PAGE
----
Tuesday, October 03, 2006



My neighborhood in Montevideo, Pocitos, is dominated by 10 story apartment buildings in the "Modern" or "International" style. There's no separation between buildings so together they form a solid wall of rectangular boxes for block after block. Architecturally, it's not very interesting.

There are still a few single family houses from early in the twentieth century. These have rich architectural detail: stained glass windows, colonnades, decorative ironwork, floral friezes, rusticated stonework, arches, cornices, and moldings in a wide variety of motifs. This must have been a beautiful neighborhood for a stroll. (See the Bello y Reborati blog for photos of many houses built by a local architectural team, with text in Spanish.)

I'm a bit conflicted over the loss of these beautiful homes, particularly since I live in one of the modern apartments. I don't know what kind of historical preservation movement, if any, exists in Uruguay. Given Montevideo's age, preservationists might concentrate on buildings from earlier centuries in the Ciudad Vieja. I just don't know.

The apartments do allow more people to live in this neighborhood, which creates the density to support all the local restaurants and shops. The increased density also reduces urban sprawl, since middle class families aren't off constructing houses in the suburbs.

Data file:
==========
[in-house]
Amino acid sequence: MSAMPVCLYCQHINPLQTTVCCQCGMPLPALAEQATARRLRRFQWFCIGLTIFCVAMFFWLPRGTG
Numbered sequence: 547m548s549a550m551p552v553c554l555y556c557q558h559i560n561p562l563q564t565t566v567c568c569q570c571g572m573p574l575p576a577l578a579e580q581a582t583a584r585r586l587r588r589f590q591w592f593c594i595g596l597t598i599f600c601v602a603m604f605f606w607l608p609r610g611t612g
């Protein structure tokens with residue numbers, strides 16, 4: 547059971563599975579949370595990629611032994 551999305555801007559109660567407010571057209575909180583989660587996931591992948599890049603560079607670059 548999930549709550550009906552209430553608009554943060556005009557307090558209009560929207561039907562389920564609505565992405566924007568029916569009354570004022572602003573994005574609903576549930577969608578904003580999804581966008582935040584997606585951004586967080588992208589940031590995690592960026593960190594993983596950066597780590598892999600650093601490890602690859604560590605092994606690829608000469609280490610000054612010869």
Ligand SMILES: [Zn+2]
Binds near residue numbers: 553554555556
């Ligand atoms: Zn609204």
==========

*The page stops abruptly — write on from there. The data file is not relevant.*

There's one house remaining on our block. I enjoy seeing it when I walk past. It also opens the view from our kitchen window because we can see over the top of it. Otherwise, we would only see the bare concrete back walls of neighboring apartments.

Labels: ,

As far as I know, there is a rule that has been in force for the last fifteen years or so, establishing that no house may be demolished in any block where no other houses had already been demolished. That is why some single blocks of streets such as Tomás Diago, or Roque Graseras have been fully preserved, although they were not the nicest in the street. In the middle of Pocitos, you can find some streets very well preserved, such as the last few blocks of calle Martí. Maybe Santiago Vazquez is the nicest wholly preserved street.

It's a pity indeed that we have lost such beautiful houses, sometimes in neural points. But something has been done, as you see.

You may find some old pictures of Pocitos in the following address:


For a whole outlook of the old time city, you may see:


and there may be a lot of others, even older, like this: http://enlacesuruguayos.com/montevideo_antiguo.htm

I am a reader of your blog, and very much wish that you and your family may really enjoy our city.


Amparo Cabal
Post a Comment

<< Home

This page is powered by Blogger. Isn't yours?